Empty diagonal

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Geography of Empty diagonal (Diagonale du vide)
Population density by French department
France's population density by department. The solid line is the Le Havre-Marseille line, to the east of which lives 60% of the French population. The broken lines mark the approximate boundaries of the empty diagonal.
ContinentEurope

The empty diagonal (French: diagonale du vide) is a band of low-density population that stretches from the French department of the Landes in the southwest to the Meuse in the northeast. The diagonal's population density is very low compared to the rest of France.

Description[edit]

The low population density (less than 30/km², or 78/mi²) is caused largely by the rural exodus and urbanisation of the 19th and 20th centuries. Some commentators[1] prefer to speak of a "low-density diagonal" (diagonale des faibles densités) and regard the term "empty diagonal" as both pejorative and exaggerated. Still, DATAR[2] used the term and it remains the more common term.

The pattern is more readily apparent at the departmental level than at the regional level.[3][4] It is part of a broader pattern of low population density that extends into Spain and Portugal and is known as the continental diagonal.[5][6]

History and evolution[edit]

Before the emergence of the empty diagonal, an earlier demographic feature was the Saint-Malo-Geneva line that ran from the northwest to the southeast and divided the industrial northeast from the agrarian southwest. Charles Dupin identified it in his 1837 treatise Forces productives et commerciales de la France.[citation needed]

In 1947, the geographer Jean-François Gravier wrote of a "French desert" that corresponds, more or less, to the modern notion of the empty diagonal.[citation needed]

Hervé Le Bras and Emmanuel Todd argue that the concept is no longer valid in the 21st century because of growth that is observed in some departments like Indre and Gers.[7] According to their analysis, the zone of negligible or negative population growth extends is only from the Massif Central to Lorraine. However, an analysis at the level of cantons and communes indicates that the zone of decline extends beyond the Massif-Lorraine axis[8] and that the growth observed by Le Bras and Todd is fragile and driven by a temporary influx of retirees.[citation needed]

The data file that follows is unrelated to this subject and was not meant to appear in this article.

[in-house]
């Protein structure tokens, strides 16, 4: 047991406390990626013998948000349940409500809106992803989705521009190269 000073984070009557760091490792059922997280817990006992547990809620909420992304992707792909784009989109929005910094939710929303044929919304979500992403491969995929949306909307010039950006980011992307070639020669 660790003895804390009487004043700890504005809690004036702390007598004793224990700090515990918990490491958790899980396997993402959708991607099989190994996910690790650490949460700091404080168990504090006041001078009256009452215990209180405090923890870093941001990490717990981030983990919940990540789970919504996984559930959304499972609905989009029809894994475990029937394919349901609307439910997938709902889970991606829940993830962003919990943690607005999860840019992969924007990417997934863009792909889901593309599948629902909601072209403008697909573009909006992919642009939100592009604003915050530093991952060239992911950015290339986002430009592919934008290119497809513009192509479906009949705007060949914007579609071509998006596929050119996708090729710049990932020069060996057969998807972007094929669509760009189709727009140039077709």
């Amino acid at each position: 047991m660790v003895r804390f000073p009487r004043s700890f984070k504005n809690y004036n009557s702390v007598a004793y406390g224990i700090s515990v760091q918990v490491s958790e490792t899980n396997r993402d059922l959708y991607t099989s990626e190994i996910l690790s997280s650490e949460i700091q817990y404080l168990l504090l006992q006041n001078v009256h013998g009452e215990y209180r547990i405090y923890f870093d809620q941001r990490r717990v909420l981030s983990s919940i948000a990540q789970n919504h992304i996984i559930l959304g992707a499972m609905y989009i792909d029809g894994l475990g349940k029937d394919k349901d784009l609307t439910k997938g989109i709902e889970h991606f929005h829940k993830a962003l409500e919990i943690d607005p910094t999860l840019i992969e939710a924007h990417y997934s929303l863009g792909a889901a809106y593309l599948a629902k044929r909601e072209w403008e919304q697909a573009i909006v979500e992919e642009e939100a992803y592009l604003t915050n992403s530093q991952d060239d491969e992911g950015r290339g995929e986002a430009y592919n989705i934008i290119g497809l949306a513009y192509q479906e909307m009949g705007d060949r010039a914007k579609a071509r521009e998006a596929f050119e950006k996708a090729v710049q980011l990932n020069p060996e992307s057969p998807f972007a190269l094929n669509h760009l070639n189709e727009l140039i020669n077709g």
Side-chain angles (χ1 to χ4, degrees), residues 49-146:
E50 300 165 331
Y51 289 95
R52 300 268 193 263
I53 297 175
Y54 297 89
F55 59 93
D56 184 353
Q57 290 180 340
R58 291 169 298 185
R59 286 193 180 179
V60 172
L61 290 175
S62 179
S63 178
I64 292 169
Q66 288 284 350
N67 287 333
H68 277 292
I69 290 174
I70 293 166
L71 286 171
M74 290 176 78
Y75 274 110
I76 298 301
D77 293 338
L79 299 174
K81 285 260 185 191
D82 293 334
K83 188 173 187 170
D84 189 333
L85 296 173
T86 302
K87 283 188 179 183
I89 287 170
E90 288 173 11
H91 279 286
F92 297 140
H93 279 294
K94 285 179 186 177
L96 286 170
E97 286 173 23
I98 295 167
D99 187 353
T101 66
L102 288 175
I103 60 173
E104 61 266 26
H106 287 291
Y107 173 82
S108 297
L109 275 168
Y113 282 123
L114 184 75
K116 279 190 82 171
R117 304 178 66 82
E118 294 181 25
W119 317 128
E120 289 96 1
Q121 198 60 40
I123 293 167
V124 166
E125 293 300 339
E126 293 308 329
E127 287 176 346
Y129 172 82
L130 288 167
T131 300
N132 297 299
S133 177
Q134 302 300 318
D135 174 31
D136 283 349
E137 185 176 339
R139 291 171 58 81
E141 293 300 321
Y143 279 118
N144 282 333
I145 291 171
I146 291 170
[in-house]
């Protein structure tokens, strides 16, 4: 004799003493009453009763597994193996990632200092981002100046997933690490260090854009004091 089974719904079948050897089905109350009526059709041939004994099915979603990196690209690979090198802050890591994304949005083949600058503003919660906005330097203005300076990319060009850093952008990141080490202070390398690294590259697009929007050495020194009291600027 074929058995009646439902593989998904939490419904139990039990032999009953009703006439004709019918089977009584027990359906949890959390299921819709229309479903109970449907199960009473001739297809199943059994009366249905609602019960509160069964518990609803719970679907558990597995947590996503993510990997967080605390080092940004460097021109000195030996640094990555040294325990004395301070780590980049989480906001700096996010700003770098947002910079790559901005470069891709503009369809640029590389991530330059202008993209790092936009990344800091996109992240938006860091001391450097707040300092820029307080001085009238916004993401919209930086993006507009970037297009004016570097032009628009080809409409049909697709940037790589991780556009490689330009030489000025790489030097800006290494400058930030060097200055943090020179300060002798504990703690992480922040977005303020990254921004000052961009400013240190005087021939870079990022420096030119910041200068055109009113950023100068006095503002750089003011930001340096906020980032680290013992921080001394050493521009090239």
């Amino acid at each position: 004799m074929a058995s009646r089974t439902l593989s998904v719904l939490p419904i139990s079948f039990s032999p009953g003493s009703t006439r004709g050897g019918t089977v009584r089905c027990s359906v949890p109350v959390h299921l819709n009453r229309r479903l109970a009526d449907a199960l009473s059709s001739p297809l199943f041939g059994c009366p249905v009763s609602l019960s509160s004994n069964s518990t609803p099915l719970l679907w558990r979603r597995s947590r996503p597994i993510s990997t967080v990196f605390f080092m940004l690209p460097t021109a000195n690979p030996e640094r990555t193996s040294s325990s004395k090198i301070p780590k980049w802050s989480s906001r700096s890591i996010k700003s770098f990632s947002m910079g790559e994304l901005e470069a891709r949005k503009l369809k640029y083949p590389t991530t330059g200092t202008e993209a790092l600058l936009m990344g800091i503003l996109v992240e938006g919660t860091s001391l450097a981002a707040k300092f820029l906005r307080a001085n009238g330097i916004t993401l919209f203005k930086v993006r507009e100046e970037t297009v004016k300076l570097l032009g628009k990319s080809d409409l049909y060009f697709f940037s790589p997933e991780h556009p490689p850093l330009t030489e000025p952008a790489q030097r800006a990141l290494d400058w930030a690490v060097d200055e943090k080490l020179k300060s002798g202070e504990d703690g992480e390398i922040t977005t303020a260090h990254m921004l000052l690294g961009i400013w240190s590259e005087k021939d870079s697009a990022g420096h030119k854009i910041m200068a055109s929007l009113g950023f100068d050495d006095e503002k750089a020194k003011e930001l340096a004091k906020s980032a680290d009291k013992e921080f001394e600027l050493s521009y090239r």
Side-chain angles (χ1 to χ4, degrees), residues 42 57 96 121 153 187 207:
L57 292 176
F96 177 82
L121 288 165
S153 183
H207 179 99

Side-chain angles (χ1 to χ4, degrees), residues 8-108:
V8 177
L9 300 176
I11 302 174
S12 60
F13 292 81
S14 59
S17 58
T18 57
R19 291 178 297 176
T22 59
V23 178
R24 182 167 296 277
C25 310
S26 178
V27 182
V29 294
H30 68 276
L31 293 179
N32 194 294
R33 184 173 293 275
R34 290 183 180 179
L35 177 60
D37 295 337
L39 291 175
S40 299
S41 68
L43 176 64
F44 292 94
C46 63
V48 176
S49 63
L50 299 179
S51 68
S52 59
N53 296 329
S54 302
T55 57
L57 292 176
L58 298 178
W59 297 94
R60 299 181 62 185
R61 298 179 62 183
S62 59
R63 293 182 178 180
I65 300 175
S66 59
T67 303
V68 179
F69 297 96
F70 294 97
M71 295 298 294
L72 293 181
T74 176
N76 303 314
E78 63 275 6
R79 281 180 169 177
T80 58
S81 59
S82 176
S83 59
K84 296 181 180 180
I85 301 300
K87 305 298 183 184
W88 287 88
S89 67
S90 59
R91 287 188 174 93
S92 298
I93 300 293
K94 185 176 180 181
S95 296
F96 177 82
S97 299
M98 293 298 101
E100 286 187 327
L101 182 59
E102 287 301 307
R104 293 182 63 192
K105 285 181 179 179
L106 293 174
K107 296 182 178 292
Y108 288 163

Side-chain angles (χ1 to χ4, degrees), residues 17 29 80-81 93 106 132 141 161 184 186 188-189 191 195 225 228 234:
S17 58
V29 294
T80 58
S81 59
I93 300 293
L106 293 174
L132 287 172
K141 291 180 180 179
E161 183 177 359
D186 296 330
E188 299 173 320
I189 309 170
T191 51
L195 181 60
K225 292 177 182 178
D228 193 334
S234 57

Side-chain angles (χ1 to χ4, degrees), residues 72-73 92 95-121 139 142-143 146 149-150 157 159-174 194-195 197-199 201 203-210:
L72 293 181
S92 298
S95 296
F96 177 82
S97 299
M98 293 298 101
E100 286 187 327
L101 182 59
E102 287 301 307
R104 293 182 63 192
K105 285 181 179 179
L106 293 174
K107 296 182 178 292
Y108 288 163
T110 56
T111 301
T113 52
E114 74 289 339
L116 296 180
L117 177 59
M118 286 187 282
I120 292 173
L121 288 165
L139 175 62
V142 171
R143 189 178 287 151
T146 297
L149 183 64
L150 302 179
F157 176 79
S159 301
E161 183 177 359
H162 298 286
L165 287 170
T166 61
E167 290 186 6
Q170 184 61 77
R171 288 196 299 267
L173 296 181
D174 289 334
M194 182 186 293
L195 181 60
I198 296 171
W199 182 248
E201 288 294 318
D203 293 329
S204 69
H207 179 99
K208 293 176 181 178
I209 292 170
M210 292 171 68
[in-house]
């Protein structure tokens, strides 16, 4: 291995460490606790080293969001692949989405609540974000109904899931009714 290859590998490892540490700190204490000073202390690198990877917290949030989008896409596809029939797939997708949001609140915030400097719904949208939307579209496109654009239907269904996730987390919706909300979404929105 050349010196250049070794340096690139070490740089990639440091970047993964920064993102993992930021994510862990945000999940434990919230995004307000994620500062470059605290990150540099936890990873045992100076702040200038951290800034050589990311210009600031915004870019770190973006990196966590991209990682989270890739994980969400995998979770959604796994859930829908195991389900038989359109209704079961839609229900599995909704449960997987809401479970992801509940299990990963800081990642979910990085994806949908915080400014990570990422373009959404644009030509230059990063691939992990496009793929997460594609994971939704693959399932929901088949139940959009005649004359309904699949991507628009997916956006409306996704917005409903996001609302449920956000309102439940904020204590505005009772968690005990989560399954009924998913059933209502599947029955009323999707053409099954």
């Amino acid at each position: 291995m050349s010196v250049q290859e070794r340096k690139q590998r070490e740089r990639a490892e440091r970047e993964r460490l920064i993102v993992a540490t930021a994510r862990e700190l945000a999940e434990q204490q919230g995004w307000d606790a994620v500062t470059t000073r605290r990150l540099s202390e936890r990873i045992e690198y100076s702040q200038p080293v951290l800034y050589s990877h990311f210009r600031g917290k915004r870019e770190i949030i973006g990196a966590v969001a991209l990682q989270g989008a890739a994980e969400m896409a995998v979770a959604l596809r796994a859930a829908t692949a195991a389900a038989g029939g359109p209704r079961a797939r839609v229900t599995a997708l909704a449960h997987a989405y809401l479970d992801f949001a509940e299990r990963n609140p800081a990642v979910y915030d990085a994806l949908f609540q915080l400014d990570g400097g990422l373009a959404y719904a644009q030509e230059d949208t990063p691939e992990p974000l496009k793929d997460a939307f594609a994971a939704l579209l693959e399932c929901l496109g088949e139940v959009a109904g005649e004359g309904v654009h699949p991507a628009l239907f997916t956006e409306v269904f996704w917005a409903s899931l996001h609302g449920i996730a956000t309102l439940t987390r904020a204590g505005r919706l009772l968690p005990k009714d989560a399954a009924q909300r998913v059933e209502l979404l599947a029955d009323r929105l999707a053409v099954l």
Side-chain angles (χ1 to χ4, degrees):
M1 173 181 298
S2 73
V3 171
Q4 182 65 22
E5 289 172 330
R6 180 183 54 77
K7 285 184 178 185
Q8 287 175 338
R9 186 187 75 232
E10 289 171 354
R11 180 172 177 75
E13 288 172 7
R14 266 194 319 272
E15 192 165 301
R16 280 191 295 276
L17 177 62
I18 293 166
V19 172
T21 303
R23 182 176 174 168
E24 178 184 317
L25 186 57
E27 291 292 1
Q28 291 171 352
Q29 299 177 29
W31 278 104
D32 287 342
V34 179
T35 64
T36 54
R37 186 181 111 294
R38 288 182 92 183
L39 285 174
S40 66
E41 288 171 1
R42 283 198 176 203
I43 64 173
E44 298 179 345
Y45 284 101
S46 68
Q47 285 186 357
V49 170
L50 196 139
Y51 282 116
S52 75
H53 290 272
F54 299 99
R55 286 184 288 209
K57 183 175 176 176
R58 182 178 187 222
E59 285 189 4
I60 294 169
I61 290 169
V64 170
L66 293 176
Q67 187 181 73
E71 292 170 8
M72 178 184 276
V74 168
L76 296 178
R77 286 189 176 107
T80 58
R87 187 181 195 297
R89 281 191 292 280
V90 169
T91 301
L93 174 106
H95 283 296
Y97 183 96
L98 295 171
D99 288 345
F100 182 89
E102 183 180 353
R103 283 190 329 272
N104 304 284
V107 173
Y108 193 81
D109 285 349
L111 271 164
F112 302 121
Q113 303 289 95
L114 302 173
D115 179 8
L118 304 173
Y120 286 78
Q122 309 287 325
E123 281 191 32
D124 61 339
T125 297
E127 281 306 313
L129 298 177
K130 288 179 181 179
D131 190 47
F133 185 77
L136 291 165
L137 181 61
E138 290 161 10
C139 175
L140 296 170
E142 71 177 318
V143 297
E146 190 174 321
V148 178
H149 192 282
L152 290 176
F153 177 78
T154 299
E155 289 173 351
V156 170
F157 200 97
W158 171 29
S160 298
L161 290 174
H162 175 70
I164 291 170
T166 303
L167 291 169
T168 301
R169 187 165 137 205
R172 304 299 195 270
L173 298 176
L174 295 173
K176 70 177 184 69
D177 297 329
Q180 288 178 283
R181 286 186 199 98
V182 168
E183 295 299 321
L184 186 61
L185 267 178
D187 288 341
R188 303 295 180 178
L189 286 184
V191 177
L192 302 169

Literature[edit]

La diagonale du vide is the title of a 2009 novel by Pierre Péju[9] in which an urban businessman seeks solitude in a cottage in Ardèche.

From 2015 to 2016, the author and blogger Mathieu Mouillet spent 18 months exploring the empty diagonal and meeting its inhabitants. His "exotic voyage" is presented by notes and photographs on his blog.[10]

Gallery[edit]

References[edit]

  1. ^ Jean-Claude Bontron (1976). La France des faibles densités, II : Documentation bibliographique, Analyses d'études. SEGESA-ACEAR.
  2. ^ Gilles Fumey (2009-10-26). "La France en diagonales" (PDF). Retrieved 18 July 2016..
  3. ^ "Le Massif Central: au coeur de la diagonale du vide".
  4. ^ "La France : des territoires en mutation".
  5. ^ Rozenblat, C. "Tissu d'un semi de villes européennes" (PDF).
  6. ^ Yoann Doignon, Sébastien Oliveau, Isabelle Blöss-Widmer. "L'Europe méridionale depuis 20 ans : dépeuplement, dépopulation et renouveau démographique".CS1 maint: Multiple names: authors list (link)
  7. ^ Hervé Le Bras, Emmanuel Todd, Le Mystère français, seuil, 2013
  8. ^ Yoann Doignon, Sébastien Oliveau (20 January 2016). "La diagonale se vide ? Analyse spatiale exploratoire des décroissances démographiques en France métropolitaine depuis 50 ans".
  9. ^ La diagonale du vide, ISBN 9782070781034, Éditions Gallimard, Collection Blanche
  10. ^ "La diagonale du vide".